Separate names with a comma.
Discussion in 'iPhone' started by lancastor, Sep 25, 2015.
Has the reception improved in comparison to the previous models?
It looks like it's a well received model. Critics have sung quite a bit of praise. People seem to generally like it so far.
Oh, did you mean signal reception?
Yes I mean the signal recpetion.
I have received my 6S Plus today and at T-Mobile Germany it's only a little bit worse than the 6.
Yes, a little bit. Signals on the previous 6 Plus is better.
and how are you testing to get these scientific results? looking at the reception bars wont do it
Depends on where you live, Your Carrier, so asking whats your sig strength is too broad. Need to clarify Carrier and location. And this will not help you since I believe you really want to know about your location/carrier, not others I believe. Mine will fluctuate sitting in one place during parts of the day.
I can use the equipment on work (Nortel Networks) in Munich.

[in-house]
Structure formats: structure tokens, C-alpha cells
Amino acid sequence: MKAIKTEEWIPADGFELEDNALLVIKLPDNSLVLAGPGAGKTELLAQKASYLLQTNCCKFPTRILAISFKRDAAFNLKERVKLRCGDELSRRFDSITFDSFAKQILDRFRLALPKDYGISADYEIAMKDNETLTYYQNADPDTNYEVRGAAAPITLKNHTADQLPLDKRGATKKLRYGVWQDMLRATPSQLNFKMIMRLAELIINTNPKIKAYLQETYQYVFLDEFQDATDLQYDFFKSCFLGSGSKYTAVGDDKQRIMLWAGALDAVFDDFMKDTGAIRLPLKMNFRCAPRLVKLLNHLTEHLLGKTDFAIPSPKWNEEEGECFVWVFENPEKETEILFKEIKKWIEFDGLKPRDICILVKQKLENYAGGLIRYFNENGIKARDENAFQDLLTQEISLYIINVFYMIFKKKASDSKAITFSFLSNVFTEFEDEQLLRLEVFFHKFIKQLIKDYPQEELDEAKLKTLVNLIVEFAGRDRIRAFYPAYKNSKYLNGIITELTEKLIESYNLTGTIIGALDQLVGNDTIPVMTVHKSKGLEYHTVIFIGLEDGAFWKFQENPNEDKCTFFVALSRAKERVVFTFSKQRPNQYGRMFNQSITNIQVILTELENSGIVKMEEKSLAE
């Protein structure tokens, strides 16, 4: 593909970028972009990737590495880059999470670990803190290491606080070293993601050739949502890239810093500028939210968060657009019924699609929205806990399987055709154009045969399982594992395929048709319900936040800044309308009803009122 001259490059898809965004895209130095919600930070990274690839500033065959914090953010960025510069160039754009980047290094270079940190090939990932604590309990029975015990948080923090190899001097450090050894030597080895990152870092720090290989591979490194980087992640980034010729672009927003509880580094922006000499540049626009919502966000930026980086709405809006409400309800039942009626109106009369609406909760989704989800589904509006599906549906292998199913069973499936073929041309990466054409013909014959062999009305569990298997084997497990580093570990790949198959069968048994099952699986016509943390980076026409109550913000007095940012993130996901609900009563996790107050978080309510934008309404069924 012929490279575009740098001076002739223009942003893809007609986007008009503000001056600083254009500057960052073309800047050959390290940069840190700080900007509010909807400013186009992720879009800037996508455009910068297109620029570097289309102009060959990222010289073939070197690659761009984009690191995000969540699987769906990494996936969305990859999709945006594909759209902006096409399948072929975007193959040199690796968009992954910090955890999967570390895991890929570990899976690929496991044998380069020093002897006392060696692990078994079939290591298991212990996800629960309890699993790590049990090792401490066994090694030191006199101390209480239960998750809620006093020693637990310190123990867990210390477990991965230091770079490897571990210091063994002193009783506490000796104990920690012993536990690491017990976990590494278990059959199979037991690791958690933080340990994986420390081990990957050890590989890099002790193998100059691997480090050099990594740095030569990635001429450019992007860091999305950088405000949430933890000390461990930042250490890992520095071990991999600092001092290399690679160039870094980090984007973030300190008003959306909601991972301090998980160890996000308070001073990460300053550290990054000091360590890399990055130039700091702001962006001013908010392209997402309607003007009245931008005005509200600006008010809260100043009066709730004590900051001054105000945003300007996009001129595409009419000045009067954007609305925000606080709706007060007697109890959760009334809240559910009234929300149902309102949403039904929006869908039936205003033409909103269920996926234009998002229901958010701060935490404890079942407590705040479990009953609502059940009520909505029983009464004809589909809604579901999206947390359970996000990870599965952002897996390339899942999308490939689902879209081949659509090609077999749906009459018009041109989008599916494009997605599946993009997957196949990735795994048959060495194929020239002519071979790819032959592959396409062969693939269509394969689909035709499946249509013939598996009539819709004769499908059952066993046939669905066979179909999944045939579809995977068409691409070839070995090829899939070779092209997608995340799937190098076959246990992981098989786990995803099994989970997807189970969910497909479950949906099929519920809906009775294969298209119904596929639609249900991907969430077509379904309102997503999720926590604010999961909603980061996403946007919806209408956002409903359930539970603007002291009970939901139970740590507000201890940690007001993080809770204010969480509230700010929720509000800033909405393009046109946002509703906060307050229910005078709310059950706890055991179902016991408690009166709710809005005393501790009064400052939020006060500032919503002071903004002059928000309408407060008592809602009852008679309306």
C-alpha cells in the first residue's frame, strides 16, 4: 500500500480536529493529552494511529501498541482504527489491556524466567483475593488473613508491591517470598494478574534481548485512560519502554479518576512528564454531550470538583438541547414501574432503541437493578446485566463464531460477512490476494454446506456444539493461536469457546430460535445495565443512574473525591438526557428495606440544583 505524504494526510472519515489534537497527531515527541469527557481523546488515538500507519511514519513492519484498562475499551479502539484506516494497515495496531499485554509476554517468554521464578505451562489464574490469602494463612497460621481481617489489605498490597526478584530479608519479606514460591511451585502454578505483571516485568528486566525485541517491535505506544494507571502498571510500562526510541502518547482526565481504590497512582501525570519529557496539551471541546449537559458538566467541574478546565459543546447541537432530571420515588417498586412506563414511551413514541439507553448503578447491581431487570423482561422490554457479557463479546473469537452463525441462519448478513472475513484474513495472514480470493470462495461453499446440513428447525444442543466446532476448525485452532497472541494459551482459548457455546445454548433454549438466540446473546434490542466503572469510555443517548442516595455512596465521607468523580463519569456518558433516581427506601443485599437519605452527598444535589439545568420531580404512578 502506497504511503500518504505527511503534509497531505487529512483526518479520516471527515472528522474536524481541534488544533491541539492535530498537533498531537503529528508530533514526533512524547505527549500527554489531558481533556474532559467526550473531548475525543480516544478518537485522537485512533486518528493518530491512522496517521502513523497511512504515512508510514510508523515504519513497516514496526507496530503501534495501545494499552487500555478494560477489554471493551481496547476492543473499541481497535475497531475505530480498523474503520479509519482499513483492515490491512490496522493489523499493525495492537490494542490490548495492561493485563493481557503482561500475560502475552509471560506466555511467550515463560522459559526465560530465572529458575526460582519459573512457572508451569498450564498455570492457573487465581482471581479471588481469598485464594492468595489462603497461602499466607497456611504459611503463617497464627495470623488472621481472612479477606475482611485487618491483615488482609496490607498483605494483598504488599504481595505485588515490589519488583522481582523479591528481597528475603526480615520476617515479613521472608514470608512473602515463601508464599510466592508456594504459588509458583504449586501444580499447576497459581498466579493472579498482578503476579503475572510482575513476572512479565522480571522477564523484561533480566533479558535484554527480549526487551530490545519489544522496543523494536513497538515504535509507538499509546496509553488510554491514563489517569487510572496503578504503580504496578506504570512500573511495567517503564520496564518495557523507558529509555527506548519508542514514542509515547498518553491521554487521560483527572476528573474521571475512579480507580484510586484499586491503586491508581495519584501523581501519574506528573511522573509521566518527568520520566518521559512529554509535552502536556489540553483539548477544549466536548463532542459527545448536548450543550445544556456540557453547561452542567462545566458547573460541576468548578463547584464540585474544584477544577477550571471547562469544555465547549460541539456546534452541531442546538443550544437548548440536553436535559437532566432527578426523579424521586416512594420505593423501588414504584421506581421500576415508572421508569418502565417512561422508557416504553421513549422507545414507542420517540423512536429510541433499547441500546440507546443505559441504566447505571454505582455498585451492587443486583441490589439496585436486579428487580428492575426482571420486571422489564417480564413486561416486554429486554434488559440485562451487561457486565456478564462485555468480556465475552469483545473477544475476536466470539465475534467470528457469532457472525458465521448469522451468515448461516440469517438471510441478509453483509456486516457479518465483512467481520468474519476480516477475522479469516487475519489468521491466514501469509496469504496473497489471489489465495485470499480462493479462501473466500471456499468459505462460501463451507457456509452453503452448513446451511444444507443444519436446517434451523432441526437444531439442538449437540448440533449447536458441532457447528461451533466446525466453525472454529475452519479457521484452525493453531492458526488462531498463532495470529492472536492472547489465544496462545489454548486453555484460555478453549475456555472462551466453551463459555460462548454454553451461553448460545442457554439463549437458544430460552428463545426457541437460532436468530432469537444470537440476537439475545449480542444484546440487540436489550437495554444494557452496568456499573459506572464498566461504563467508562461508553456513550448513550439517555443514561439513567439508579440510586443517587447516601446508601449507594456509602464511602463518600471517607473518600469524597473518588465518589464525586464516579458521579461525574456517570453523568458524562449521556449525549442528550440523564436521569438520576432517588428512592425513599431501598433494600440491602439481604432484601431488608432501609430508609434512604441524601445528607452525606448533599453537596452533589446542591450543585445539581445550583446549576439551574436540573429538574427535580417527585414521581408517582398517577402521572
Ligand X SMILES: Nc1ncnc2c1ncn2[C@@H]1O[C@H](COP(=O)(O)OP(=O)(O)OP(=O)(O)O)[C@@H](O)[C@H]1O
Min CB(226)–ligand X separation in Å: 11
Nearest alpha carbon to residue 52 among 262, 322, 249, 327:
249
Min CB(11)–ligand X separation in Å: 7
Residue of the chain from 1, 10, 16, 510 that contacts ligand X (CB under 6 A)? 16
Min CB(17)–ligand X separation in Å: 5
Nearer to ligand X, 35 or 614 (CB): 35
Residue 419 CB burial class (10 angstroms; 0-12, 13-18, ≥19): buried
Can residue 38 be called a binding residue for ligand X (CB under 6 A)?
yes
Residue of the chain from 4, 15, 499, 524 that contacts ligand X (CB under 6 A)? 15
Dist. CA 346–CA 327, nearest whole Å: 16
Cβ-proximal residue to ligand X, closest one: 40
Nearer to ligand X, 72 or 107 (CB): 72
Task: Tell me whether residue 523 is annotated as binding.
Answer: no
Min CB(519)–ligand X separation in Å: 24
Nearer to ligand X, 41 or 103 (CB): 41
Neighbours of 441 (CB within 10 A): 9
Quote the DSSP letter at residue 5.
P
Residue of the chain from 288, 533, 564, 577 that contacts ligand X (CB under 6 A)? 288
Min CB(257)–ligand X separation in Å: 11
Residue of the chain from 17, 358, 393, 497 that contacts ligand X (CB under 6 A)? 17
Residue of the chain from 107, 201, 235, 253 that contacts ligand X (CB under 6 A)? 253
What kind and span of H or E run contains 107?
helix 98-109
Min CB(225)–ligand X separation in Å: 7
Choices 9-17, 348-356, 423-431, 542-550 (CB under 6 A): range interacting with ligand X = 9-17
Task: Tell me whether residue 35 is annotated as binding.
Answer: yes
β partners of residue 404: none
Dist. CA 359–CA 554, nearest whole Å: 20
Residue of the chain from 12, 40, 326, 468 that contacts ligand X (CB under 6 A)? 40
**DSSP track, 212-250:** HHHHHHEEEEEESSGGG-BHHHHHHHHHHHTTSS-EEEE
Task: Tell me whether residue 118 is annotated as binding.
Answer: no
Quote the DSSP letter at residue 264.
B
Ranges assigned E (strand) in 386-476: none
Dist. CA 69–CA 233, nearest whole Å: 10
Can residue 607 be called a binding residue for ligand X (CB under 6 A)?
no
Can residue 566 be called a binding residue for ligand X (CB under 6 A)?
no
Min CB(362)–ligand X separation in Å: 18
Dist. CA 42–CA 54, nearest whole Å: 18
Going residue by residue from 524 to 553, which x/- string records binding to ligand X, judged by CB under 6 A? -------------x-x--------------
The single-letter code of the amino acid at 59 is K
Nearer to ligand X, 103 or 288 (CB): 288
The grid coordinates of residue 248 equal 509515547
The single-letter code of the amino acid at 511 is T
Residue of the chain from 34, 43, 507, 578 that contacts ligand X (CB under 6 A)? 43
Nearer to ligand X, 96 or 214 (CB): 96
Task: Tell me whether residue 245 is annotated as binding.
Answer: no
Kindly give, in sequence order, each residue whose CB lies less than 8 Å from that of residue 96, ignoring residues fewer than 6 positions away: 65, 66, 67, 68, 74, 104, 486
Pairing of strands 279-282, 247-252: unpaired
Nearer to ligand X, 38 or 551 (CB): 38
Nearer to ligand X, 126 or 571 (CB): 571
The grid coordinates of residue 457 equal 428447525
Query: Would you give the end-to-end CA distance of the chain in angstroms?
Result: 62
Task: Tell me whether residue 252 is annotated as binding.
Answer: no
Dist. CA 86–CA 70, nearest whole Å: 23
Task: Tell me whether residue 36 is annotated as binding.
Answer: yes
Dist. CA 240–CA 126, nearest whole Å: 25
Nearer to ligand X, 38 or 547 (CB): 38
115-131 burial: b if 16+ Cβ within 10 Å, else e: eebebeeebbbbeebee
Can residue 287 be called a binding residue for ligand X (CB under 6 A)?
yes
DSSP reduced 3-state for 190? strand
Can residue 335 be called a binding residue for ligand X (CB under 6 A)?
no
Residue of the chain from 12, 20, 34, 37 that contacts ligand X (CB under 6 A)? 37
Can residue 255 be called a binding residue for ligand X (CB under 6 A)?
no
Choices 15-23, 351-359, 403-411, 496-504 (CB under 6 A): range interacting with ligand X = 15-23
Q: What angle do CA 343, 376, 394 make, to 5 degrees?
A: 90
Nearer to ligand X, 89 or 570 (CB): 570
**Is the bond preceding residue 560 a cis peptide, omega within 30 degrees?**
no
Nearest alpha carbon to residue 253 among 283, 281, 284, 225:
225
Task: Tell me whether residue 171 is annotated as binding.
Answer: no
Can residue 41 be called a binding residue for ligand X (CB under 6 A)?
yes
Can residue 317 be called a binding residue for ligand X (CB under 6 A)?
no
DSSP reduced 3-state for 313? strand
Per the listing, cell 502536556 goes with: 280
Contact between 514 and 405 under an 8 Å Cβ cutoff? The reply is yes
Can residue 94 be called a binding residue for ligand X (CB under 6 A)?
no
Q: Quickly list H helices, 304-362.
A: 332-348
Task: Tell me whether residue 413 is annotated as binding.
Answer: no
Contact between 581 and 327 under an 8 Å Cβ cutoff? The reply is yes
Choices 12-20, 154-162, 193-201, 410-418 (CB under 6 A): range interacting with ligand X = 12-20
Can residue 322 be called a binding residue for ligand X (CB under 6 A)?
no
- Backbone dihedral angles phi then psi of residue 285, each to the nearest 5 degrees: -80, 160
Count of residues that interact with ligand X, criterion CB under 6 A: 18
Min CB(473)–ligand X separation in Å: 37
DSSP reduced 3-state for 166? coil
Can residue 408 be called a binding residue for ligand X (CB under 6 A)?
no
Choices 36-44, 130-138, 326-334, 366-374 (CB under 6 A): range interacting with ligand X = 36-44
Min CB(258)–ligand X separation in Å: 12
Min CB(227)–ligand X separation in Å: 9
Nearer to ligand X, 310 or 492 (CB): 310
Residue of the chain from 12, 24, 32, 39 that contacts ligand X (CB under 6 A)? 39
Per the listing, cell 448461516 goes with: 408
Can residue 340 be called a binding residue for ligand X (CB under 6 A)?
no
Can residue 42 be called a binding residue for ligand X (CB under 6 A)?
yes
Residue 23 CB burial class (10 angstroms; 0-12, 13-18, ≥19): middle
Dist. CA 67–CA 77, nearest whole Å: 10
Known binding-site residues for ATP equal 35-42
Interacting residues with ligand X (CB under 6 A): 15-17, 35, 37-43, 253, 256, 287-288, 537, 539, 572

I voted for a worse reception, but it is not so much, right on the margin.
I ran speed tests on 3 iPhone 6s and 6. I used Att and t-mo. 6s-s lost a bit, but also in a margin.
What I really don't like about 6s - it thinks slower to pick-up LTE from 4G on a " future" t-mobile map. No problem with Att, but it drops LTE to 4g, where 6 stays on LTE. iPhones 6s have -2-4 db lower signal than iPhones6. That's why in low reception zones they transfer to 4G faster than iPhones 6. I also think that 6s has more complicated algorithm of network quality and it is still "fresh".
The only think I don't like about iPhones 6s is that they are too hot when you restore them from iTunes. I had 9 iPhones done for my family and the company I work for. All of them are hot (couple more degree and you cannot hold them). Doesn't matter gray, silver.... Doesn't matter Pegatron or Foxconn. The build quality is better this year, Out of 9 only one had a small defect with a SIM slot.
I haven't got my 6+ anymore to compare but I think the 6S+ is identical as I'm still seeing the same number of signal dots. WiFi reception is noticeably better though.
It should have the same antenna...
Ooops .... Please don't speak about #antennagate again